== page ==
Review: The New Mutants

Score: C+

Director: Josh Boone

Cast: Blu Hunt, Maisie Williams, Anya Taylor-Joy, Charlie Heaton

Running Time: 98 Minutes

Rated: PG-13

For a long time it seemed like The New Mutants might never come out. Filmed in 2017 – an eternity ago – it was originally planned for April 2018, then delayed for reshoots that never happened. Then it was moved again to August 2019, and then to April 2020. And then the pandemic hit, and rumors kept flying it would be punted to VOD or one of Disney's streaming services. But it went ahead with its contractually obligated theatrical release, even as theaters in California, New York, and other states remain closed.

So do all those delays and lowered expectations help the final product? Yes and no. The movie ultimately isn't very good. It's both extremely dark (often literally) and extremely silly. But it doesn't carry the crushing disappointment of some of the other failures of the X-Men franchise, including last year's Dark Phoenix. And since it's all but guaranteed Disney will reboot these characters and integrate them into the MCU, it ultimately won't matter.

Blu Hunt plays Dani, a young mutant who wakes up in a creepy hospital after a tornado wipes out her entire reservation. The cold doctor (Alice Braga) informs her that she's a mutant and that she's not allowed to leave the grounds. She makes fast friends with Raine (Maisie Williams) and fast enemies with Illyana (Anya Taylor-Joy). They're the only other patients in the sprawling facility, along with Berto (Henry Zaga) and Sam (Charlie Heaton).

Unsurprisingly, things get more unsettling as the teens are studied physically and psychologically, and the dark secrets of their pasts and mutant powers are revealed. There are moments when it all works, when you feel the weight of the guilt of these kids who have blood on their hands. But often the interactions – both romantic and antagonistic – are laughable, downright Twilight-esque.

Still, the film deserves some points for doing what other comic book movies aren't - it features two prominent gay characters, one of them religious. There's not just a passing mention like in Avengers: Endgame or Deadpool 2. These are the leads of the film and they're not just chastely holding hands either. This is one of the things that will be lost with Fox folding into Disney. For all their jumbled continuity and inconsistent quality, at least Fox's X-Men movies allowed their characters to be horny.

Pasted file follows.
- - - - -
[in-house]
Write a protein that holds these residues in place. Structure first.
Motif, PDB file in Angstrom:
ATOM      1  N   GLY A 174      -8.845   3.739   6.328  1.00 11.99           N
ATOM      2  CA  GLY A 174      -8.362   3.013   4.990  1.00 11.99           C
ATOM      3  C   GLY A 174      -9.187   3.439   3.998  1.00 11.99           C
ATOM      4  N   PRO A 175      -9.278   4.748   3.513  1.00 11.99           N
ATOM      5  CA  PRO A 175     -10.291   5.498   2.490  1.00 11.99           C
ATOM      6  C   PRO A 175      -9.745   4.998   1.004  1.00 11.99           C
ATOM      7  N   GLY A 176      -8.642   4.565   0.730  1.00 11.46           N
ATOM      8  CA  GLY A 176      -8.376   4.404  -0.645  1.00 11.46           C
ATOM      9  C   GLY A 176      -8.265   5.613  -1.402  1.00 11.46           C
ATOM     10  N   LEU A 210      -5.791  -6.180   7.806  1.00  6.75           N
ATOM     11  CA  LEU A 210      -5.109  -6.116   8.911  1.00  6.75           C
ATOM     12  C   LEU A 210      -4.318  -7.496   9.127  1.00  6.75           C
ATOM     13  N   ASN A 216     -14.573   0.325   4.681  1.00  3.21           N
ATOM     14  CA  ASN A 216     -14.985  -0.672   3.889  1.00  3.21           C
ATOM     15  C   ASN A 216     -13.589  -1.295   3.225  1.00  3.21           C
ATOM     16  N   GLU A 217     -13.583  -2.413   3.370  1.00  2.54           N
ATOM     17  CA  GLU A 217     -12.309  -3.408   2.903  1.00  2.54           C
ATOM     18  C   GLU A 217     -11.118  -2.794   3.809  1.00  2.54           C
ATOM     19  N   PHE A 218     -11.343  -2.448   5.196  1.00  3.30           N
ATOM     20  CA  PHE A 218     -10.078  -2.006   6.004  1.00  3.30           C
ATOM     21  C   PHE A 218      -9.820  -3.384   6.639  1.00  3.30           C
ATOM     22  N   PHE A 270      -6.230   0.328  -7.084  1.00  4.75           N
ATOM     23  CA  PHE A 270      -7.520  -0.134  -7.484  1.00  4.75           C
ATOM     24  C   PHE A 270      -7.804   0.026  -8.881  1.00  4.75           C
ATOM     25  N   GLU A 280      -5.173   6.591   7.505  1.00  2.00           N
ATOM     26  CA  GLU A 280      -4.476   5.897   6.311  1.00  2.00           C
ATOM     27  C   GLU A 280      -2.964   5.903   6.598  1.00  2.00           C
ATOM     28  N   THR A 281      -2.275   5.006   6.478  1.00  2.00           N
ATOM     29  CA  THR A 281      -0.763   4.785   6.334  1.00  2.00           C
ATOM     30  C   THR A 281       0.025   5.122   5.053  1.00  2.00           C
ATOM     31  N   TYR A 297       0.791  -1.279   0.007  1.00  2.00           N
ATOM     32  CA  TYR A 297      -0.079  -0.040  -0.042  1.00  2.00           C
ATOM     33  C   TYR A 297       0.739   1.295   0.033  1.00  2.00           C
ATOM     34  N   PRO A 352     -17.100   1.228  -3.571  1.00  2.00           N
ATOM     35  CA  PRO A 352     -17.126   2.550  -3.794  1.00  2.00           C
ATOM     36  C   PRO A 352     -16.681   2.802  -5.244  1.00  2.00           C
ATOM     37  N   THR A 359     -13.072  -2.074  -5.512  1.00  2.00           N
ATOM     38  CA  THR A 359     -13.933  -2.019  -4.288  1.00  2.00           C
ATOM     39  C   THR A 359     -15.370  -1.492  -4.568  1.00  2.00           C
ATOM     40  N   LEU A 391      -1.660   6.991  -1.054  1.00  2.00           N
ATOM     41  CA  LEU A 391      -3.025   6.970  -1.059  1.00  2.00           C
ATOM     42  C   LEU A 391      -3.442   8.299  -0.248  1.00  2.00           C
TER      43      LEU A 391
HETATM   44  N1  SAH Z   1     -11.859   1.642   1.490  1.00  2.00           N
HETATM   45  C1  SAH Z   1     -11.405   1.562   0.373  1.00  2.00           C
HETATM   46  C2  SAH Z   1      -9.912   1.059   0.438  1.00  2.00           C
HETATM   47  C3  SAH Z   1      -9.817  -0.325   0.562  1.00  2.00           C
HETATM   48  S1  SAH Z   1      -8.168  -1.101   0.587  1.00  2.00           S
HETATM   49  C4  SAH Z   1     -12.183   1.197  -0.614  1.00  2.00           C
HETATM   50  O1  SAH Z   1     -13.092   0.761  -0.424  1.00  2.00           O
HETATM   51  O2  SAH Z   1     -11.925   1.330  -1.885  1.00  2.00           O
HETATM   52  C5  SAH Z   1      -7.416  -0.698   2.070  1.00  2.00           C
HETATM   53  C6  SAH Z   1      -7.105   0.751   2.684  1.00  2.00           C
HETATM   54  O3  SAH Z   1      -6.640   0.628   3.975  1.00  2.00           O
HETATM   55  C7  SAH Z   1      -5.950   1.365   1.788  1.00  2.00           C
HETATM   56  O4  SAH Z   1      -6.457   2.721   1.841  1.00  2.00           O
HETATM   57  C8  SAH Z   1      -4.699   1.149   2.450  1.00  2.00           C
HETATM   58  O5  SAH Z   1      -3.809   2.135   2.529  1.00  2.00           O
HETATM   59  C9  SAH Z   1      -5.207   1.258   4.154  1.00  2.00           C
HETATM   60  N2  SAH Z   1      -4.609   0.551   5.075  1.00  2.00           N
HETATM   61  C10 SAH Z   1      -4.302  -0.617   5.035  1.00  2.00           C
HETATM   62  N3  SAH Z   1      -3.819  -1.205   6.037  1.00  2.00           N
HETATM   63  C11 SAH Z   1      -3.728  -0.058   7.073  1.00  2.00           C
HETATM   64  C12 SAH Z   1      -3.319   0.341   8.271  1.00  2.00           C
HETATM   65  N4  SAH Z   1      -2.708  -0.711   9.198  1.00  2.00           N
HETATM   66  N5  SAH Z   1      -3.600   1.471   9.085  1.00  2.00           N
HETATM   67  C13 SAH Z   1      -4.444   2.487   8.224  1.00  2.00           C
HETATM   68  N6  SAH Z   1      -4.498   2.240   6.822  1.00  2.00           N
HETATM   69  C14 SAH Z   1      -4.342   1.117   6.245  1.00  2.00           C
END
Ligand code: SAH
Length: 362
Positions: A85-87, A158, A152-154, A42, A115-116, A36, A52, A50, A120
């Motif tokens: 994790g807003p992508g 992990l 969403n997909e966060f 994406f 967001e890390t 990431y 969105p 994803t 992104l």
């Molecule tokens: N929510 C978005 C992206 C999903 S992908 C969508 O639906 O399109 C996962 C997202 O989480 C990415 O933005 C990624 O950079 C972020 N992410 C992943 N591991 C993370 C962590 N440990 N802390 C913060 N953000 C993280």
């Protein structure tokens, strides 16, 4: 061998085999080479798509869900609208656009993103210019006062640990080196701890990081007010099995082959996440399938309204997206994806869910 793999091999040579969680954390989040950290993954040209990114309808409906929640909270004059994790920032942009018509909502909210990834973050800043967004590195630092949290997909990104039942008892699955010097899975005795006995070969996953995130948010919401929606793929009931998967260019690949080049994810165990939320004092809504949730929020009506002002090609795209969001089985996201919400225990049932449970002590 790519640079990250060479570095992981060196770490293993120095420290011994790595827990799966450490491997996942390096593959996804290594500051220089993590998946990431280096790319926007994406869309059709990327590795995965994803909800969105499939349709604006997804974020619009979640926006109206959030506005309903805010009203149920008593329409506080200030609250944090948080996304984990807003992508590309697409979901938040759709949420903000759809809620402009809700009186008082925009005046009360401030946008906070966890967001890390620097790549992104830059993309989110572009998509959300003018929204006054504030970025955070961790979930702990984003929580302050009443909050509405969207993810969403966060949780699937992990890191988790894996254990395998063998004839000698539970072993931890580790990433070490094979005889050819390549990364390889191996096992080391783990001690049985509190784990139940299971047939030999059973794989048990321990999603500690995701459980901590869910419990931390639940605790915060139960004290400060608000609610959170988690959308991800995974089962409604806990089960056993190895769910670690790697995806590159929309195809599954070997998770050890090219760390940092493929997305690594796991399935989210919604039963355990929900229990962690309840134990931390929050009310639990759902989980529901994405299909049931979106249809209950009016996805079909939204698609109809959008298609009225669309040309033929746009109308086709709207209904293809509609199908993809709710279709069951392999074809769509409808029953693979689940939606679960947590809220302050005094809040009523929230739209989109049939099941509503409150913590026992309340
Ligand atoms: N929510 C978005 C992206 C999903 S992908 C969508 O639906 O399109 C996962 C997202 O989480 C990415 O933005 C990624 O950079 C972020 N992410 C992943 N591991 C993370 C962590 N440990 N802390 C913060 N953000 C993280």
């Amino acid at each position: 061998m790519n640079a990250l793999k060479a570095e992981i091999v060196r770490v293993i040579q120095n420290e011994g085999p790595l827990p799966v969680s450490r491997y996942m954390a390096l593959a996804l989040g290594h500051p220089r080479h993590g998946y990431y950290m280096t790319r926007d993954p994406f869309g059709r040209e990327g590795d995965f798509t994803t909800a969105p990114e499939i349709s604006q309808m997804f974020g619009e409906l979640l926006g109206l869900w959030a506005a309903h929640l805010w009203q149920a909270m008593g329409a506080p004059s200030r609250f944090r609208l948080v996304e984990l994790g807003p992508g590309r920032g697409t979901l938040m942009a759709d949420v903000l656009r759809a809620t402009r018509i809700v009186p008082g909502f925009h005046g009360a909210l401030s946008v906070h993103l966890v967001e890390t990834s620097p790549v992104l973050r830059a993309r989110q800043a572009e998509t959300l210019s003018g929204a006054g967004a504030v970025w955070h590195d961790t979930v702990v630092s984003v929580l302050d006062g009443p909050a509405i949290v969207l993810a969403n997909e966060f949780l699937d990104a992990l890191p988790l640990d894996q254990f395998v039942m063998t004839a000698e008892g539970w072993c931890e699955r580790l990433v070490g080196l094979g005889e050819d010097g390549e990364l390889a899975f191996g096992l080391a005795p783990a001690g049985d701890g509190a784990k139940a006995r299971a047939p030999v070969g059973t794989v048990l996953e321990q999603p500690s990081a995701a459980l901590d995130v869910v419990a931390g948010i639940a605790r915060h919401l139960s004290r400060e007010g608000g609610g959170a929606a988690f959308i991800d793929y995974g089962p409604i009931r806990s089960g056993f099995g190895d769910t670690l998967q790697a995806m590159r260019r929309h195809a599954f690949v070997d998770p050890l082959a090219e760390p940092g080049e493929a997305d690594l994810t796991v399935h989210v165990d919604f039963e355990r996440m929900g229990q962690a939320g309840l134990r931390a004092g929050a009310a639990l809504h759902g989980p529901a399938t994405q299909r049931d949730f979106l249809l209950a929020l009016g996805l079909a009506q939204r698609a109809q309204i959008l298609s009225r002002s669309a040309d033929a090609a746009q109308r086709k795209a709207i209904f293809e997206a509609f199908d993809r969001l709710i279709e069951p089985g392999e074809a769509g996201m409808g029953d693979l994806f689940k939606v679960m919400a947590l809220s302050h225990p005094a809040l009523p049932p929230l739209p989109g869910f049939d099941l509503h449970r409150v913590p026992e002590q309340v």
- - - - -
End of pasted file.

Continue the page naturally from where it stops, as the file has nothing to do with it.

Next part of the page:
In the end, there's nothing special about The New Mutants, the final X-Men movie for the foreseeable future. It's certainly not worth risking COVID for. (I saw the film at a drive-in theater in Atlanta.) But if Boone had been allowed to make the other films in his planned trilogy, there was a lot of potential.


About Kip Mooney

Kip Mooney
Like many film critics born during and after the 1980s, my hero is Roger Ebert. The man was already the best critic in the nation when he won the Pulitzer in 1975, but his indomitable spirit during and after his recent battle with cancer keeps me coming back to read not only his reviews but his insightful commentary on the everyday. But enough about a guy you know a lot about. I knew I was going to be a film critic—some would say a snob—in middle school, when I had to voraciously defend my position that The Royal Tenenbaums was only a million times better than Adam Sandler’s remake of Mr. Deeds. From then on, I would seek out Wes Anderson’s films and avoid Sandler’s like the plague. Still, I like to think of myself as a populist, and I’ll be just as likely to see the next superhero movie as the next Sundance sensation. The thing I most deplore in a movie is laziness. I’d much rather see movies with big ambitions try and fail than movies with no ambitions succeed at simply existing. I’m also a big advocate of fun-bad movies like The Room and most of Nicolas Cage’s work. In the past, I’ve written for The Dallas Morning News and the North Texas Daily, which I edited for a semester. I also contributed to Dallas-based Pegasus News, which in the circle of life, is now part of The Dallas Morning News, where I got my big break in 2007. Eventually, I’d love to write and talk about film full-time, but until that’s a viable career option, I work as an auditor for Wells Fargo. I hope to one day meet my hero, go to the Toronto International Film Festival, and compete on Jeopardy. Until then, I’m excited to share my love of film with you.